auditor weight seal
Weights and Measures inspectors inspect any weighing or measuring device that is used in commercial transactions. Some of the devices inspected and tested are fuel meters, retail devices, price verification systems (U.P.C. scanners), packages (such as deli foods, meat and/or food that is packaged), mulch, firewood, taxi meters and more. The inspectors work to protect consumers and merchants by ensuring that the weighing and measuring devices are correct and accurate.

All Weights and Measures inspectors are required to receive training and certification from the Ohio Department of Agriculture, Division of Weights and Measures.
 
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Certification
Inspectors must pass a series of 20 tests and 2 exams with 80% or above, as well as attend 18 hours of continuing education classes per year to maintain their certification.

Error Rates
Error rates vary within each of Ohio’s 88 counties.

Ohio jurisdictions are very responsive to calls concerning the possibilities of an error in a weighing or measuring device. A Weights and Measures inspector will usually inspect a site within 24 to 48 hours of receiving a complaint.

If a device is found to be inaccurate, the inspector can reject, condemn or in extra cases, confiscate the device. An approval and/or a security seal is not attached until the device is serviced by the owner and/or operator and passes all further inspection and testing. Records are maintained for all reported complaints.

Scales & Gasoline Pumps
Many items are sold by weight, i.e. ounces and pounds. Scales determine the cost of a product based on the weight and unit price of said product. Fuel is sold by volume in gallons or liters. A computer in the gasoline pump calculates what you owe based on the amount and unit price of the gasoline.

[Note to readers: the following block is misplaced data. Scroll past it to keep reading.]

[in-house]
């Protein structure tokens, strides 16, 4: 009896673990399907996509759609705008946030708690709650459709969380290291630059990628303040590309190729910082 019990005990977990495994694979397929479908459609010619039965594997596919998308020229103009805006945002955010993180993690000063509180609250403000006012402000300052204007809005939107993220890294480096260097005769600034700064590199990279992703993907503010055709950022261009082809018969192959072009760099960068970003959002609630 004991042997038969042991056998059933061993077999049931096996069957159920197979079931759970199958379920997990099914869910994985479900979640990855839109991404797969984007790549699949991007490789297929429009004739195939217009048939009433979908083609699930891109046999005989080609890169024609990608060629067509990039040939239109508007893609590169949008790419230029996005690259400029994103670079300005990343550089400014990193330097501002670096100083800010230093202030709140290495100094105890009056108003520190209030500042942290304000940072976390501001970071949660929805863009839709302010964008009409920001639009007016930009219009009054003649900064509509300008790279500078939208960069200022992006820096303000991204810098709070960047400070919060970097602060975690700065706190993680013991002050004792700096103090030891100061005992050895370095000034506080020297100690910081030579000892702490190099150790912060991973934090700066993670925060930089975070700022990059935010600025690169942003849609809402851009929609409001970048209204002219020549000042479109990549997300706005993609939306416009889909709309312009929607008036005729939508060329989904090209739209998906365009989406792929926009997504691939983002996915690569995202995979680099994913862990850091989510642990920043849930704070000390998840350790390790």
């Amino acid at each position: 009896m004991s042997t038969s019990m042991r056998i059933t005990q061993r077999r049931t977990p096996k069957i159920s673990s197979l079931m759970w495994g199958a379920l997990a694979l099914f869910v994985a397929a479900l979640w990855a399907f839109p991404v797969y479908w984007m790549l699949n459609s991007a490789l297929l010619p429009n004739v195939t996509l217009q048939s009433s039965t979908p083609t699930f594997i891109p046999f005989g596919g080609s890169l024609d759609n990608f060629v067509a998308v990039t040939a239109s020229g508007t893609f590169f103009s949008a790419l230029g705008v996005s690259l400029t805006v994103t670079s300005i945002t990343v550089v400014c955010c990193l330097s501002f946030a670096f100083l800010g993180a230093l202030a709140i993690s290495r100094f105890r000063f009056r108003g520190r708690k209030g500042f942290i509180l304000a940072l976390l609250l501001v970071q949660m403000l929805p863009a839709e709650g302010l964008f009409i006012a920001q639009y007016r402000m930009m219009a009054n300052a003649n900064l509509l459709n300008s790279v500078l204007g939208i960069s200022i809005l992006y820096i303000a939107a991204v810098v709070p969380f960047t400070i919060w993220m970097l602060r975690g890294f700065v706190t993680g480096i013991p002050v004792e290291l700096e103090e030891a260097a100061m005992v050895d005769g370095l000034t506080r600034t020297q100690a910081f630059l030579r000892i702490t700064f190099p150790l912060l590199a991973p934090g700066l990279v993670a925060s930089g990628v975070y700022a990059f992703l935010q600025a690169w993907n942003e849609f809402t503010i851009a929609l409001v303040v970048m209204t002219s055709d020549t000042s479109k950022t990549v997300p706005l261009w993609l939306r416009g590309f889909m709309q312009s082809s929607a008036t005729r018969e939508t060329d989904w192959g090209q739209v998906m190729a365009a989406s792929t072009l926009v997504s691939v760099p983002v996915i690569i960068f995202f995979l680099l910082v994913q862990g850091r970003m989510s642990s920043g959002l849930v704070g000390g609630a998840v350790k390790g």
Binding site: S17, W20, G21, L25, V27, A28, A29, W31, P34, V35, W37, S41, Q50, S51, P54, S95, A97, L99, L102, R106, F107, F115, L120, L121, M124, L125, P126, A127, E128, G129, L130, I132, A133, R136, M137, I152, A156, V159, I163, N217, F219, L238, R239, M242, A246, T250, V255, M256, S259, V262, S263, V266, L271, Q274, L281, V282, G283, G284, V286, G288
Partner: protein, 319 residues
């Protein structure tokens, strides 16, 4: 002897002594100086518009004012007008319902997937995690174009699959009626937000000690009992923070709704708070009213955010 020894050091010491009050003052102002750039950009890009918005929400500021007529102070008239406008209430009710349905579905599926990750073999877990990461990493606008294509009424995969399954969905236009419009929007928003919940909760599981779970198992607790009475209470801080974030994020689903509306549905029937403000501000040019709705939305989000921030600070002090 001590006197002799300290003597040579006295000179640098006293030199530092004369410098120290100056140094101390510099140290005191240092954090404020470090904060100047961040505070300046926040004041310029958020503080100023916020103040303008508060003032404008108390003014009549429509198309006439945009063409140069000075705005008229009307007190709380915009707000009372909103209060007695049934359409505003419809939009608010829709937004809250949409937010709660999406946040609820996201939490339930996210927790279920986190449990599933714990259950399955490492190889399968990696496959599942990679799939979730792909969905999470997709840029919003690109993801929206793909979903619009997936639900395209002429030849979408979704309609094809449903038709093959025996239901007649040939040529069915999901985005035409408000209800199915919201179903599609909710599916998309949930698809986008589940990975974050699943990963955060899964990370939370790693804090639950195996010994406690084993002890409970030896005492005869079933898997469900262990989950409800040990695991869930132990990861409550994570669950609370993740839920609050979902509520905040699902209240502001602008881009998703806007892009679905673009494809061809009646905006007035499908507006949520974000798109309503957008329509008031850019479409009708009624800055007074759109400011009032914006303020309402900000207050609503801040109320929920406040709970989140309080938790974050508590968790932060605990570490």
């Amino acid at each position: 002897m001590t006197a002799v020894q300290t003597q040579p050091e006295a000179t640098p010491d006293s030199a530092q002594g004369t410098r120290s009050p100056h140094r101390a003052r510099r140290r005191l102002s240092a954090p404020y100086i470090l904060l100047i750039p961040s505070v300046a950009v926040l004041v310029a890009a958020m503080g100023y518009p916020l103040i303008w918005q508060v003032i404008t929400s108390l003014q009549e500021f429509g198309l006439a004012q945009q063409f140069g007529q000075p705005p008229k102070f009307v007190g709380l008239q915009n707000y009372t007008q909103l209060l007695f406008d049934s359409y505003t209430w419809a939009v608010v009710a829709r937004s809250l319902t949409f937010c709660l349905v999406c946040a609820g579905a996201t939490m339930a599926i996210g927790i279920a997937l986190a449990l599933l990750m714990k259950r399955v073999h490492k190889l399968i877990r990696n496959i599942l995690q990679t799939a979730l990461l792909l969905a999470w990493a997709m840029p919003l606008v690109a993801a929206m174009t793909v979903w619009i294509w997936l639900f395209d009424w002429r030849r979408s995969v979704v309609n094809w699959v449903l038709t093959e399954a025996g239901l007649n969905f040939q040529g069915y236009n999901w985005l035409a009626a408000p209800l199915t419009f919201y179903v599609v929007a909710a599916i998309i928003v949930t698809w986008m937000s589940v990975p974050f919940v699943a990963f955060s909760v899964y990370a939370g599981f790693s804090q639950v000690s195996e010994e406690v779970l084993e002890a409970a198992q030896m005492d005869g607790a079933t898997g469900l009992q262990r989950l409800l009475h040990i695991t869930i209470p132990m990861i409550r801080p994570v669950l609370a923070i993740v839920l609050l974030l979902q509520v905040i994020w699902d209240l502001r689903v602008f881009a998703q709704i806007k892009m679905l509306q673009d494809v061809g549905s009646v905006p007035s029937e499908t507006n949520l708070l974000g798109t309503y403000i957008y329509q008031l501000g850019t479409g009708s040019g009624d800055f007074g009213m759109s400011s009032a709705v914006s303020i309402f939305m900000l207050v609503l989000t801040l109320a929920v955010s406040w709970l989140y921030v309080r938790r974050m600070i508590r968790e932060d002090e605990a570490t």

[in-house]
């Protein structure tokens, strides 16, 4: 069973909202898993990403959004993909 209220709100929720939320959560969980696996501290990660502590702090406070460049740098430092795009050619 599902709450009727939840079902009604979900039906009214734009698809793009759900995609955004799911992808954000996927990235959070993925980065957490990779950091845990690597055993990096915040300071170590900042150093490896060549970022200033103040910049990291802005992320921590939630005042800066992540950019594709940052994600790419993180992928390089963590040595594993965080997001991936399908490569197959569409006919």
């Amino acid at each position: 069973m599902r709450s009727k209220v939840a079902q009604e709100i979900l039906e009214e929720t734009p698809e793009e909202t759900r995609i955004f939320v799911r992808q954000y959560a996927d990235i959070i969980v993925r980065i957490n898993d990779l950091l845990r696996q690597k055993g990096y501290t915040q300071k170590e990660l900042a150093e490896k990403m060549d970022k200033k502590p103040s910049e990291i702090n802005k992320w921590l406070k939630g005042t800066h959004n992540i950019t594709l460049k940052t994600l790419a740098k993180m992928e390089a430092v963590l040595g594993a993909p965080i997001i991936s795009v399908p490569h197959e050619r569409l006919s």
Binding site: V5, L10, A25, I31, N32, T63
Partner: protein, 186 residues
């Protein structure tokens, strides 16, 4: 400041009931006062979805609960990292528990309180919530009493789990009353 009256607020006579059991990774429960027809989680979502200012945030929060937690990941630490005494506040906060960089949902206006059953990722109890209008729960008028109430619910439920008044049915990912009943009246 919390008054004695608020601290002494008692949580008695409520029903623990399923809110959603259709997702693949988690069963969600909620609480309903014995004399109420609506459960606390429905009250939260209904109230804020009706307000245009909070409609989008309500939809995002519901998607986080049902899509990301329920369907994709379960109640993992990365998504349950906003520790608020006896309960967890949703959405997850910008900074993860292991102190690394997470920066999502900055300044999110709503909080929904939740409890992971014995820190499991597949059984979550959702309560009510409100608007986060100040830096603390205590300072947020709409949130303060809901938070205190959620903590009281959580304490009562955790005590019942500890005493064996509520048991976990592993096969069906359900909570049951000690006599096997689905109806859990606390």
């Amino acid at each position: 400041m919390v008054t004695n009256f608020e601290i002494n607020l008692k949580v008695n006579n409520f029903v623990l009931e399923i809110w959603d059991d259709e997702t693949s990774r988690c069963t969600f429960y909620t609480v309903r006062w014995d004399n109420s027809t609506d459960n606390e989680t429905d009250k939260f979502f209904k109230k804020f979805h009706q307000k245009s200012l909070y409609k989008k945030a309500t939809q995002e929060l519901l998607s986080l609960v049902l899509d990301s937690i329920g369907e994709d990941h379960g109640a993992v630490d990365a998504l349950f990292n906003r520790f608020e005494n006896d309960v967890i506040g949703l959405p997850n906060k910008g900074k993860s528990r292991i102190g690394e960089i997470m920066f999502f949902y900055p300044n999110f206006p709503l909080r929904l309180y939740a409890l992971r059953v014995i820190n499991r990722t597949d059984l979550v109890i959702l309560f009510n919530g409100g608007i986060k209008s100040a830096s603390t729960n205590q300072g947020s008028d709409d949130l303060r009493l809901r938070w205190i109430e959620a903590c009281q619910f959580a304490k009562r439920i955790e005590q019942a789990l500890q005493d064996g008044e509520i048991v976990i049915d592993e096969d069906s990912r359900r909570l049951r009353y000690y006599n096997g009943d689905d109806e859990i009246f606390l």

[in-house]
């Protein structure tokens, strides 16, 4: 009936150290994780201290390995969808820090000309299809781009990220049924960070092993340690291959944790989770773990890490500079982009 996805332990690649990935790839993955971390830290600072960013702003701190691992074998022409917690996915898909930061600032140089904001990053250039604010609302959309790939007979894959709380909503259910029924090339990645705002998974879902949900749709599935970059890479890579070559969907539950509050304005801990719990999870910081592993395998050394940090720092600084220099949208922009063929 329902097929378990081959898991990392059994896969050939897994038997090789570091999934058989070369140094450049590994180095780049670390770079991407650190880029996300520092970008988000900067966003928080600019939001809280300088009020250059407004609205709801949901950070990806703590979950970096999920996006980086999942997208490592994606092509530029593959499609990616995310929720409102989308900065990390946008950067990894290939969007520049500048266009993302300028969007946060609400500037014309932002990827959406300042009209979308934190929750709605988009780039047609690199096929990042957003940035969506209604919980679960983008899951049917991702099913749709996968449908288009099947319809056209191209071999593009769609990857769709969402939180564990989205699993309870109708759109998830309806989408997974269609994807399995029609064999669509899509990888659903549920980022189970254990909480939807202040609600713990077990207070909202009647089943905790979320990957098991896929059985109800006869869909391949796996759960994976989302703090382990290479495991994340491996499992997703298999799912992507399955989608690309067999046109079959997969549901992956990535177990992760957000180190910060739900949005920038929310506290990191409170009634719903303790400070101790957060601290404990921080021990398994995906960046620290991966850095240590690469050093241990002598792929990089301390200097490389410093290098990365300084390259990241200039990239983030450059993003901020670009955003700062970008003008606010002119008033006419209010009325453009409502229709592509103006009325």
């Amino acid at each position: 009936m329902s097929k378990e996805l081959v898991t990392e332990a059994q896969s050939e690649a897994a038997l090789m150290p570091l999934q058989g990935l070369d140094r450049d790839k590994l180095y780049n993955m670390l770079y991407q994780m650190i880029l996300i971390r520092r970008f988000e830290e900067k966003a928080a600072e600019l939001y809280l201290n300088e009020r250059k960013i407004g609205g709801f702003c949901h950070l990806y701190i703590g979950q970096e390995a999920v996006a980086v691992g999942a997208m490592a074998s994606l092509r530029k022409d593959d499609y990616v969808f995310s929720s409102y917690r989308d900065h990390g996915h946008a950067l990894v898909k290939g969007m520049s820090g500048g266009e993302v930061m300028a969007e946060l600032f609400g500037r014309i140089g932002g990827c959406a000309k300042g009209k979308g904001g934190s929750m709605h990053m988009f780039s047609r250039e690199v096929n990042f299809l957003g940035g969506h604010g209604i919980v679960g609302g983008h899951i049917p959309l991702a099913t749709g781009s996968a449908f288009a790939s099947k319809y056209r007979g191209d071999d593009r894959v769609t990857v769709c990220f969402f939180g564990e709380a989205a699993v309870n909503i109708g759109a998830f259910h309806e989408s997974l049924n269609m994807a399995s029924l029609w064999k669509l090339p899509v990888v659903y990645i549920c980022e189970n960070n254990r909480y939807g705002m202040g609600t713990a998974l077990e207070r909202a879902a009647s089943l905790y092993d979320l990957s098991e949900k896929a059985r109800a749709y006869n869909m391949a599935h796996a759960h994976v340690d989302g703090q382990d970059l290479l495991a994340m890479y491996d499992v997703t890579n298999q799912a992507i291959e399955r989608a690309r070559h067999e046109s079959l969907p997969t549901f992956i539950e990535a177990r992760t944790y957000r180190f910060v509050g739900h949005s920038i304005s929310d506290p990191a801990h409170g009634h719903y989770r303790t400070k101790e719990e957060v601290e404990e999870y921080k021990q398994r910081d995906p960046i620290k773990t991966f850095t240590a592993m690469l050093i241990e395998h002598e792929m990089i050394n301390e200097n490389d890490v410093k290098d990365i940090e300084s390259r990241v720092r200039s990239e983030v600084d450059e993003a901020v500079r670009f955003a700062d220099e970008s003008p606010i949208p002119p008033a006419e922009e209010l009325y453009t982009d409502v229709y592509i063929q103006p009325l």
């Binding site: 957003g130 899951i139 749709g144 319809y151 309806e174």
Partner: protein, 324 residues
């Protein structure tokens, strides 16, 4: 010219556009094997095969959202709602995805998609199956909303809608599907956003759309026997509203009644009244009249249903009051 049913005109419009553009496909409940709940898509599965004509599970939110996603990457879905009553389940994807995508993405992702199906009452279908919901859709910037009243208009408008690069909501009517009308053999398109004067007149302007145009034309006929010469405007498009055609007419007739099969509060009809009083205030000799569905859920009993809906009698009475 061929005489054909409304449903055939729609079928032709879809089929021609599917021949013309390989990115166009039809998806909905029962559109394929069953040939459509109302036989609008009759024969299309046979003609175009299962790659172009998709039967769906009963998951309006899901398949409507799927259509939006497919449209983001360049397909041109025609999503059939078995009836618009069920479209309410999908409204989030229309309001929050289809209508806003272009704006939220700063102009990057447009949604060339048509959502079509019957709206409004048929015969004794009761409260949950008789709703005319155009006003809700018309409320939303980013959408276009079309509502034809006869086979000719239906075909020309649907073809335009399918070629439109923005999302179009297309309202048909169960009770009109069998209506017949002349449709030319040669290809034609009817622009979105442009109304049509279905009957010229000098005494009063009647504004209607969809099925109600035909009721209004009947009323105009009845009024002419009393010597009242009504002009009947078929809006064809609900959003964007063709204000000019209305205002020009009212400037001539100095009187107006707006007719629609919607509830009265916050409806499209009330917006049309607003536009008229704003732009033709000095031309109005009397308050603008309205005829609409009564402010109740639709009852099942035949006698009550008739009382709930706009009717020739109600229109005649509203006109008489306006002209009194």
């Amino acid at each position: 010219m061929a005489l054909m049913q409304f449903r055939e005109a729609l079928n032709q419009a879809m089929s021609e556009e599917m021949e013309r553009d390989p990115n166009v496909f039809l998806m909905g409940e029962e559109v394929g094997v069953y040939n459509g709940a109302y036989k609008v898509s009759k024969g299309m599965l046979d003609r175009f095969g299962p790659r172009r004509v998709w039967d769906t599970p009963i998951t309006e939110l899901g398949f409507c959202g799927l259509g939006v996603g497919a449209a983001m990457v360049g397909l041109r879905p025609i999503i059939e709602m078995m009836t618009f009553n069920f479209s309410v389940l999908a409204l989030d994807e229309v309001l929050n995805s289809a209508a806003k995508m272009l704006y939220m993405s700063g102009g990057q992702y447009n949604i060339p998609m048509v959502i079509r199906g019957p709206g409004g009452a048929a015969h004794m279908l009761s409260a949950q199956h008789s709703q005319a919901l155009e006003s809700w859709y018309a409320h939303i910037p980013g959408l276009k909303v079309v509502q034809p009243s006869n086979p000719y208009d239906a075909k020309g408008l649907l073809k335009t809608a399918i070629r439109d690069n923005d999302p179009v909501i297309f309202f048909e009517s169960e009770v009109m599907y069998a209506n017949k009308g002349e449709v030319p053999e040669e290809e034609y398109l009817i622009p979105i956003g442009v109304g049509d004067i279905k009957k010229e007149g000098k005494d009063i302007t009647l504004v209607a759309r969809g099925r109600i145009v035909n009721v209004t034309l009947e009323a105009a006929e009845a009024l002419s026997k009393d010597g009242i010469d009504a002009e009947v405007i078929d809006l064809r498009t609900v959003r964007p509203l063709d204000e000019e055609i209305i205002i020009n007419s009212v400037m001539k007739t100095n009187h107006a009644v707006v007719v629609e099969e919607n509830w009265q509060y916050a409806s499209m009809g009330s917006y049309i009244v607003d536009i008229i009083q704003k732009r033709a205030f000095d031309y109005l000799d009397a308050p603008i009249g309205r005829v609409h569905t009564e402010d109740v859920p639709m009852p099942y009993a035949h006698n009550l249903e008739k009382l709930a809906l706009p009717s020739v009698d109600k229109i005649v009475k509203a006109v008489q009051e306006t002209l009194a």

After a device has been inspected and tested and found accurate, the Weights and Measures inspectors place an official approval and/or security seal on scales and pumps to affirm that the equipment was tested and found to be accurate. Security seals are applied to adjusting mechanisms to prevent tampering between inspections.

Package Inspection
Packaged commodities are tested to determine whether they contain the amounts represented and are properly labeled. All merchandise must be marked with a statement declaring net contents. Net contents do not include the weight of the bag, wrapper or container of any kind in which such goods may be packaged. This is called the tare weight, which must be accounted for before the product is weighed. Inspectors from both the State and County periodically check the accuracy of these pre-packaged items.

Price Verification
Price verification is conducted on Universal Product Code (U.P.C.) scanners. The U.P.C. is used in most retail stores to scan the price of an item. The price of an item is entered into a computer, when the item is scanned the price will appear on the register. The County Auditor ensures that the labeled shelf price or the advertised price matches the price displayed at the checkout. Random items are pulled from the shelves and are scanned in order to determine accuracy. If a store passes this test, an approval seal is placed on the register.

Firewood
In Ohio, the legal method of sale for firewood is the cord or a fraction of a cord. A “cord” is defined as 128 cubic feet. Firewood must be labeled in cubic feet or cubic inches.